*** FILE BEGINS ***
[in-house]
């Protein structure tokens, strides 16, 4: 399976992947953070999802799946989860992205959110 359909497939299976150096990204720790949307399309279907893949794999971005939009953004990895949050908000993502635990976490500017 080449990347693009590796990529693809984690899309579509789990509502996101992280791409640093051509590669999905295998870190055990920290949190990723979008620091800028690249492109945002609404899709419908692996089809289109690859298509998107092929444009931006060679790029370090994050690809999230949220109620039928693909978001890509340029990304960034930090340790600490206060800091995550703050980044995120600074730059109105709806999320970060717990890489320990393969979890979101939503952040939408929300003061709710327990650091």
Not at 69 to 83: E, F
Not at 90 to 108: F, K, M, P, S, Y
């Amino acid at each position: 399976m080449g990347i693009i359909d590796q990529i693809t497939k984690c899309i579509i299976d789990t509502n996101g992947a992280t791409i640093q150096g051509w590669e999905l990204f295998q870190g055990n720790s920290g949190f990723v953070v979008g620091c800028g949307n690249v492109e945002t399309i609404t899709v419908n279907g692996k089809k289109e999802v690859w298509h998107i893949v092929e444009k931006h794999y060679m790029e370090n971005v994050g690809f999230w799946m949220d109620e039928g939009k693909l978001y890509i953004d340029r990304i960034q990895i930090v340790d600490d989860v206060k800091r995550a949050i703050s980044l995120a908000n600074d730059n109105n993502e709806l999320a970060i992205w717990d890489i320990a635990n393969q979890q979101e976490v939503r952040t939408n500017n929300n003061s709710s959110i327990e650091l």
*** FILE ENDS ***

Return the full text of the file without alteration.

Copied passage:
[in-house]
């Protein structure tokens, strides 16, 4: 399976992947953070999802799946989860992205959110 359909497939299976150096990204720790949307399309279907893949794999971005939009953004990895949050908000993502635990976490500017 080449990347693009590796990529693809984690899309579509789990509502996101992280791409640093051509590669999905295998870190055990920290949190990723979008620091800028690249492109945002609404899709419908692996089809289109690859298509998107092929444009931006060679790029370090994050690809999230949220109620039928693909978001890509340029990304960034930090340790600490206060800091995550703050980044995120600074730059109105709806999320970060717990890489320990393969979890979101939503952040939408929300003061709710327990650091």
Not at 69 to 83: E, F
Not at 90 to 108: F, K, M, P, S, Y
């Amino acid at each position: 399976m080449g990347i693009i359909d590796q990529i693809t497939k984690c899309i579509i299976d789990t509502n996101g992947a992280t791409i640093q150096g051509w590669e999905l990204f295998q870190g055990n720790s920290g949190f990723v953070v979008g620091c800028g949307n690249v492109e945002t399309i609404t899709v419908n279907g692996k089809k289109e999802v690859w298509h998107i893949v092929e444009k931006h794999y060679m790029e370090n971005v994050g690809f999230w799946m949220d109620e039928g939009k693909l978001y890509i953004d340029r990304i960034q990895i930090v340790d600490d989860v206060k800091r995550a949050i703050s980044l995120a908000n600074d730059n109105n993502e709806l999320a970060i992205w717990d890489i320990a635990n393969q979890q979101e976490v939503r952040t939408n500017n929300n003061s709710s959110i327990e650091l």